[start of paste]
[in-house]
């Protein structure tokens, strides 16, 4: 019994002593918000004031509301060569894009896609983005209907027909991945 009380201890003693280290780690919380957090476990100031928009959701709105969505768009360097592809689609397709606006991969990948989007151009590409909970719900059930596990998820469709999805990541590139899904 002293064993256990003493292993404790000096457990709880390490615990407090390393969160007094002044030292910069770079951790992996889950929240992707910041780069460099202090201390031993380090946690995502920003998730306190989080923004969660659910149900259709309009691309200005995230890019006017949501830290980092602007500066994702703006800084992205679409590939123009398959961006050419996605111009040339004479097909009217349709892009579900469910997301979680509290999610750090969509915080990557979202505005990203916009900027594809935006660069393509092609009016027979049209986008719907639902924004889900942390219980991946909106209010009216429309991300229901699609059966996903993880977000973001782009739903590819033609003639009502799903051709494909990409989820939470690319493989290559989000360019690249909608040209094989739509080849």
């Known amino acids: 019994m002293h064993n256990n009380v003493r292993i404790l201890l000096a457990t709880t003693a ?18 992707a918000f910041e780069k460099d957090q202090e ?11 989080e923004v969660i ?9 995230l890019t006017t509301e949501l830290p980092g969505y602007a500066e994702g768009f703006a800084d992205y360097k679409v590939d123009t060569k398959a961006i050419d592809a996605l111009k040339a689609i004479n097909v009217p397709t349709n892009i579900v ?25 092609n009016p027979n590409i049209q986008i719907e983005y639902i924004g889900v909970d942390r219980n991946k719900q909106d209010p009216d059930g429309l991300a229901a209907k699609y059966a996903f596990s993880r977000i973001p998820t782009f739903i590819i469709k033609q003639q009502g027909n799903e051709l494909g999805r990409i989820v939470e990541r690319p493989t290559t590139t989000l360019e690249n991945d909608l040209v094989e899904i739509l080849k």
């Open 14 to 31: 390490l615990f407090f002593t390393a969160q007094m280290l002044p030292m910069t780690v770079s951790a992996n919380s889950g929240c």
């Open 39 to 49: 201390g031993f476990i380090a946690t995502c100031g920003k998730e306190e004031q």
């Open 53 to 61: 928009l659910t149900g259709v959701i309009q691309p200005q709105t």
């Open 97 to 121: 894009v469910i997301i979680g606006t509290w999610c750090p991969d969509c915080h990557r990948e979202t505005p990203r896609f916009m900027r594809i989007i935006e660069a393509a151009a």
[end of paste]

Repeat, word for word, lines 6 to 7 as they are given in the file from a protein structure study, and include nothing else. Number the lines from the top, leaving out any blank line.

């Open 53 to 61: 928009l659910t149900g259709v959701i309009q691309p200005q709105t």
């Open 97 to 121: 894009v469910i997301i979680g606006t509290w999610c750090p991969d969509c915080h990557r990948e979202t505005p990203r896609f916009m900027r594809i989007i935006e660069a393509a151009a």